Her paper is entitled “Hospitality at War in Shakespeare’s Troilus and Cressida“.
Melanie Bigold, Rob Gossedge, and Irene Morra from Cardiff University will be speaking at the Garrick and Shakespeare conference in June. Find out more below:
Venue: Rose Theatre, 24-26 High Street, Kingston upon Thames, Surrey KT1 1HL
Price: £95 (concessions) – £155 (full rate)
Speaker: Simon Callow, Michael Dobson, Norma Clarke and Peter Holland
The conference will include a lecture by Simon Callow CBE, a trip to Garrick’s Temple in Hampton, a performance by the Hampton Players of ‘The Celebrated Mr Garrick’ and the British premier screening of Simon Callow’s new film Miss in her Teens, based on David Garrick’s 1747 play of the same name.
David Garrick’s Kingston connections date from 1754, when he bought the house beside the Thames known ever after as Garrick’s Villa, and built his Shakespeare Temple, where he would be famously painted by Zoffany. So, as part of the 2014 Kingston Connections programme of events, Kingston University and the Rose Theatre will jointly host an academic conference to celebrate the great Shakespearean actor and director and commemorate his legacy to the Royal Borough.
Actor, manager, playwright, versifier, Garrick excelled in many parts, and was possibly both the most praised and vilified cultural celebrity of his generation. Authors whose plays he rejected and performers he did not employ were not sparing in their attacks. “Garrick and Shakespeare” seeks therefore to focus on his achievements as a Shakespearean interpreter and impresario, and to re-examine Garrick’s controversial reputation.
View the full programme (PDF).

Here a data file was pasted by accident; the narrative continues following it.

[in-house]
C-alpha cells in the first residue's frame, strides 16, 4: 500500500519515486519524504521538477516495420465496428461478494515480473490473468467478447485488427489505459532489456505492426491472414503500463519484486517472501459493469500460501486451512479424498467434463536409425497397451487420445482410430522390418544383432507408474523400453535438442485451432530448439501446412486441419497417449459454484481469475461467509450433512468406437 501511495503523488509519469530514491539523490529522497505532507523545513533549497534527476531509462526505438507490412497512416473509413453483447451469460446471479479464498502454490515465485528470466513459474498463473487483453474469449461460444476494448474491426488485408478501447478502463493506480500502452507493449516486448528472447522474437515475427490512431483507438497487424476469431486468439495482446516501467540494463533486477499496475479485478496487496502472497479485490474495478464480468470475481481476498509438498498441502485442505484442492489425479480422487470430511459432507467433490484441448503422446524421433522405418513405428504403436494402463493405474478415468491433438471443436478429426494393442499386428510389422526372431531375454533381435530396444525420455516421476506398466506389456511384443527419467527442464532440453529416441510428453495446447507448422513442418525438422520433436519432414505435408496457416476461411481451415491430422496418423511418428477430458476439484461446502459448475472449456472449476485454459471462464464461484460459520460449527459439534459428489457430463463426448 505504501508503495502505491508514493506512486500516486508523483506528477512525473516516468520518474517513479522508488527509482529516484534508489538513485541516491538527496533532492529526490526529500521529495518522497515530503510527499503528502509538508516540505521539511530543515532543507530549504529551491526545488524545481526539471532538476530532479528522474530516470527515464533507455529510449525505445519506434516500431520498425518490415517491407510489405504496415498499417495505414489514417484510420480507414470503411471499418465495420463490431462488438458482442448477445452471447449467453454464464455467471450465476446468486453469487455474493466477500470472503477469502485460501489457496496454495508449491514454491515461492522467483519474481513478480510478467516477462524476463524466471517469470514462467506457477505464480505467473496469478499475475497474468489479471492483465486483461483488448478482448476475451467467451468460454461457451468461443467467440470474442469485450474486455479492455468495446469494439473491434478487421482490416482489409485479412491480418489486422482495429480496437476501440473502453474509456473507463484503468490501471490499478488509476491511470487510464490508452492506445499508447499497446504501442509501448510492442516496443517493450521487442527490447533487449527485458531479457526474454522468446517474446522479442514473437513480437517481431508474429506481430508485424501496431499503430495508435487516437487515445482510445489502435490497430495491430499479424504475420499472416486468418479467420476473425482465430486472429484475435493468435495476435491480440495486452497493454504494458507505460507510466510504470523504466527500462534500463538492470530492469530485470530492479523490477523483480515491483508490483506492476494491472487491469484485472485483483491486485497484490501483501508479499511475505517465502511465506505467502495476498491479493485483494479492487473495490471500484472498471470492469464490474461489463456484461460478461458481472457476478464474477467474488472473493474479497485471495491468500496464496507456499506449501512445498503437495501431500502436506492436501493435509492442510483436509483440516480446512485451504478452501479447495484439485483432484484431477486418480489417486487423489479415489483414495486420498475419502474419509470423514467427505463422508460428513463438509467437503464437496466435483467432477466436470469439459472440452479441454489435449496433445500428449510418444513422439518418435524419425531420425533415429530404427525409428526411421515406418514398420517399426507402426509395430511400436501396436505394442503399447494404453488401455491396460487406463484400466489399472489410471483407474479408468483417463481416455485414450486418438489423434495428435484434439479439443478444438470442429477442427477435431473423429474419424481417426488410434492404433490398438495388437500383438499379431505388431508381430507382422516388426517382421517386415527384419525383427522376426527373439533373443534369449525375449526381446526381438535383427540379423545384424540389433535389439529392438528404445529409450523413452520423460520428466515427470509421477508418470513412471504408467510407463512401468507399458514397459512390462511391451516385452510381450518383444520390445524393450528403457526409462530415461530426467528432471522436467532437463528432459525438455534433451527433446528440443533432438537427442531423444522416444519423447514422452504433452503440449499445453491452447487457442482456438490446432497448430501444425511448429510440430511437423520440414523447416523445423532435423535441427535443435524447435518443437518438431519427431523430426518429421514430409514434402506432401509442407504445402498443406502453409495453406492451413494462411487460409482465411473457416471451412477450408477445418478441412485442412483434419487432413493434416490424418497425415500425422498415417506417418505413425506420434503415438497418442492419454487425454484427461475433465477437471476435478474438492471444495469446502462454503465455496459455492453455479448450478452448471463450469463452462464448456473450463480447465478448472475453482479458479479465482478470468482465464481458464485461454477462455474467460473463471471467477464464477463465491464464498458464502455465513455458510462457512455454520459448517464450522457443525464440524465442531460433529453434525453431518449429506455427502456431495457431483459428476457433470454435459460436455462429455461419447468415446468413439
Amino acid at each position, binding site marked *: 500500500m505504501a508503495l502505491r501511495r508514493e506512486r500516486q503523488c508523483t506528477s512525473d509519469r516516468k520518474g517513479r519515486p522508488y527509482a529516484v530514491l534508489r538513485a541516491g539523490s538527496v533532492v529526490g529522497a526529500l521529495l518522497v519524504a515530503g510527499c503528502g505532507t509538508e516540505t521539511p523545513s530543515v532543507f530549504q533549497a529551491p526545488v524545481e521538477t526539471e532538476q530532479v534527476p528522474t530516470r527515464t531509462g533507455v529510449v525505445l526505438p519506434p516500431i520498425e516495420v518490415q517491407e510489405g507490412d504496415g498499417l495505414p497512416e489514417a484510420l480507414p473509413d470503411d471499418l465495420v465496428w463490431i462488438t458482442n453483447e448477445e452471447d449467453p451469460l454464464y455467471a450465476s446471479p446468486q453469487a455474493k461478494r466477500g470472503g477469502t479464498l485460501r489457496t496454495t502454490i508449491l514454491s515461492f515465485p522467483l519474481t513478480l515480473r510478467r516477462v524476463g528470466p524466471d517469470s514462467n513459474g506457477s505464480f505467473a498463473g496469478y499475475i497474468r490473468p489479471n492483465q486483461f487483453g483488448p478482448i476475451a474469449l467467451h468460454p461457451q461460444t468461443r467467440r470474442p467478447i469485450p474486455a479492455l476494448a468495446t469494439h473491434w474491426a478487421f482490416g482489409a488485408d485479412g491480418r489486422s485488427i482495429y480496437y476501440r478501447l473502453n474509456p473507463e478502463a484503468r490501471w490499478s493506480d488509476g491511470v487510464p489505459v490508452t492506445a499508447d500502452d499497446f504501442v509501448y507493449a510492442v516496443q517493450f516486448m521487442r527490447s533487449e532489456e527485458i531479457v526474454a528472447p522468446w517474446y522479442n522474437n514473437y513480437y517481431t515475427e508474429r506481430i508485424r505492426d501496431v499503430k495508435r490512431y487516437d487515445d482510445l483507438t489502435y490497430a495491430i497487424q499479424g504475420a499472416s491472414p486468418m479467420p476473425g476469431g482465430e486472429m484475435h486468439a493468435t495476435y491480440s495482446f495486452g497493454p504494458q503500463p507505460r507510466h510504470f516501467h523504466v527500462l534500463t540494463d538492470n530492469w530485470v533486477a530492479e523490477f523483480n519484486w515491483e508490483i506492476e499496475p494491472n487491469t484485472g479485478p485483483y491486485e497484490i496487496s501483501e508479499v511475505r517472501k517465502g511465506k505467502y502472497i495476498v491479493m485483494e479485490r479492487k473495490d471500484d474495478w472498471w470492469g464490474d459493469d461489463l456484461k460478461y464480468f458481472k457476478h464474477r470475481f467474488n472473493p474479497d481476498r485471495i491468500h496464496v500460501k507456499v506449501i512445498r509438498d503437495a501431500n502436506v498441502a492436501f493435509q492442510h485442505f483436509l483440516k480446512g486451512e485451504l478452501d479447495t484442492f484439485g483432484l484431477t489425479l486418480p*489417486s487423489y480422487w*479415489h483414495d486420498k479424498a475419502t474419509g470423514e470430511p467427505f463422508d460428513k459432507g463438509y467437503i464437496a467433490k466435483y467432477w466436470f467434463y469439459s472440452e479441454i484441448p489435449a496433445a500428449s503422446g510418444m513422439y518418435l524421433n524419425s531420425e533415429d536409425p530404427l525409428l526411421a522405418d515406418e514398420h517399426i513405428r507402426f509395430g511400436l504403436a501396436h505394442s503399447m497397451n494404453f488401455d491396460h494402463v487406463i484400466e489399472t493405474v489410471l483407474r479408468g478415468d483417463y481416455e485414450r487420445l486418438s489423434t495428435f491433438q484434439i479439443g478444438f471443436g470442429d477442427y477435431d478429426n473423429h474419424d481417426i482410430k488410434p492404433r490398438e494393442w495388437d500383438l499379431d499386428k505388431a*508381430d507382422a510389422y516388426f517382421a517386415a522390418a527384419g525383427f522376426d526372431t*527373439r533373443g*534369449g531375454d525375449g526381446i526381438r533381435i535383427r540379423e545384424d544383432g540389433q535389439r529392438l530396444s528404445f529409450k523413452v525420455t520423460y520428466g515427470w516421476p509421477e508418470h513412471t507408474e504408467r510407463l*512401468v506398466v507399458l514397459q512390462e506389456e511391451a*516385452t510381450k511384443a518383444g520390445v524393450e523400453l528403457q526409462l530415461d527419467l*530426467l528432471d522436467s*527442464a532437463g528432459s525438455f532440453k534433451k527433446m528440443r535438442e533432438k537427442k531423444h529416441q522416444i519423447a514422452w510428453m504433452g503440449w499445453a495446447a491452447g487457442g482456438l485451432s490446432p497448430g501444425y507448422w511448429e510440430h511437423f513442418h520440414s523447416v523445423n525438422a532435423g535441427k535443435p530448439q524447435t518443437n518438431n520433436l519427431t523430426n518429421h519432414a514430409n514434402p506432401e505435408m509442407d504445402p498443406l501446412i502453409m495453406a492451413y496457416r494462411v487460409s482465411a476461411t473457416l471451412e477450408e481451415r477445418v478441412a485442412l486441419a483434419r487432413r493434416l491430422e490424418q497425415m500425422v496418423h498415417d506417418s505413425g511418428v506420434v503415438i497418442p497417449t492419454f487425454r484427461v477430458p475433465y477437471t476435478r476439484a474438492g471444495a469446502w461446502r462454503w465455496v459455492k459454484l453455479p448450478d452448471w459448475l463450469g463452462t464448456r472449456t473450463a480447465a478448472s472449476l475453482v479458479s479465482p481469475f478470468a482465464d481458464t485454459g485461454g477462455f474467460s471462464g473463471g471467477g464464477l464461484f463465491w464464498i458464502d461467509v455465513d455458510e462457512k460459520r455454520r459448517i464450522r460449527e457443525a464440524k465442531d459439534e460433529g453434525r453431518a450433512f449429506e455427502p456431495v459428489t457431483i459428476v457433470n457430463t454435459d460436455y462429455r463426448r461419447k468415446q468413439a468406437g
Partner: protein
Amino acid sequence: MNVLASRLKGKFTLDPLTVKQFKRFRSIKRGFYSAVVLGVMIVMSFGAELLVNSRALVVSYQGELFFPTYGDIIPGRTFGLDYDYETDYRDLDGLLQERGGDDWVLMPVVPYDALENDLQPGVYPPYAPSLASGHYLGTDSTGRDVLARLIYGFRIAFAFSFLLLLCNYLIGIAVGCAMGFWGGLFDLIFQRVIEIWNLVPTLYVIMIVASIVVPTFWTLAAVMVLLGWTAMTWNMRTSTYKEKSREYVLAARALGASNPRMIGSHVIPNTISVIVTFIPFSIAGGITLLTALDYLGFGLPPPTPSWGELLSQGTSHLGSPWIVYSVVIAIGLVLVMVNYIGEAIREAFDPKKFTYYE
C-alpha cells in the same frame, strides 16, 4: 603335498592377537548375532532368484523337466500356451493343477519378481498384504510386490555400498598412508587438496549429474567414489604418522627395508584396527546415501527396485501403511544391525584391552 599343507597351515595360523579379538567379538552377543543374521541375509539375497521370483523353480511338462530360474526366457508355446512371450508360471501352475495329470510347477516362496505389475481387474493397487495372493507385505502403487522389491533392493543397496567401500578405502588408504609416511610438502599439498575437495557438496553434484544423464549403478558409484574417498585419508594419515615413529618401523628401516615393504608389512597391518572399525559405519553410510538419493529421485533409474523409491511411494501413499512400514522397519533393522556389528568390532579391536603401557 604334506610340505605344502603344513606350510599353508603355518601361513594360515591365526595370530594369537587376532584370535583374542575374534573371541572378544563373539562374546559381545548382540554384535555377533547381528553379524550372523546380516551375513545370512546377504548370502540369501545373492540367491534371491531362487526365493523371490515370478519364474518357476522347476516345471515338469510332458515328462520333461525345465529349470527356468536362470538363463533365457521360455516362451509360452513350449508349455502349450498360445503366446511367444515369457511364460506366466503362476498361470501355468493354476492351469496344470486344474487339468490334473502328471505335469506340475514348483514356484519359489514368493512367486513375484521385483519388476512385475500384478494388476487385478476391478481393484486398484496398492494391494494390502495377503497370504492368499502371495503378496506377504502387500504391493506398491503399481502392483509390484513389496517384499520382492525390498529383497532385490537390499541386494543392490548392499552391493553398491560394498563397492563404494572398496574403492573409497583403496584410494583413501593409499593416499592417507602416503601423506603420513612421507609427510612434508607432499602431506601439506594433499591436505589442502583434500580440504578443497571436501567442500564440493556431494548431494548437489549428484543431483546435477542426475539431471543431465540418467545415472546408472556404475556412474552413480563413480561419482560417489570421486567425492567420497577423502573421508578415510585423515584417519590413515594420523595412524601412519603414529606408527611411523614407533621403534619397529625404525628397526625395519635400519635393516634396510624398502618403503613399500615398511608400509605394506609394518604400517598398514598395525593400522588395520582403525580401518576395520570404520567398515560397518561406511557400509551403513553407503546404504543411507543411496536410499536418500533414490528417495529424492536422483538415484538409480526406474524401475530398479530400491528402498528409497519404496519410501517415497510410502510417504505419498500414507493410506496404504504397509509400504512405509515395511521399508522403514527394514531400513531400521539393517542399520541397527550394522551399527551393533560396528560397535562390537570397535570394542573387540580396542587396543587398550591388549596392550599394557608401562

Booking is essential to attend this event.
Here are just a few forthcoming productions in Wales, Summer 2014
Illyria will be touring Macbeth around Wales in August:
Everyman will be performing The Taming of the Shrew in Cardiff, 26 July – 2 August:
And there are also going to be several Shakespeare productions and workshops at the Willow Globe:
Find out more about forthcoming productions in the UK at Touchstone.
Darren Freebury-Jones (a PhD student at Cardiff University) has recently co-authored a fiction book entitled:
Kit Marlowe and the Demon Legion.
Christopher ‘Kit’ Marlowe, poet and spy, is sent to investigate the villainous Barnaby Ithamore, who intends to raise an army of demons from hell in order to destroy the world. In this pulse-pounding action/adventure story, the swashbuckling hero, armed with his trusty rapier, undergoes a breathless voyage across Elizabethan England, Spain, Italy and Germania, concluding in an explosive climax off the coast of Portugal… James Bond’s world of espionage meets the dark age of William Shakespeare in this unforgettable first book in The Adventures of Christopher Marlowe series.
14th May 2014 (Cardiff, 19.00, Cineworld)
Antony Sher, Alex Hassell, Jasper Britton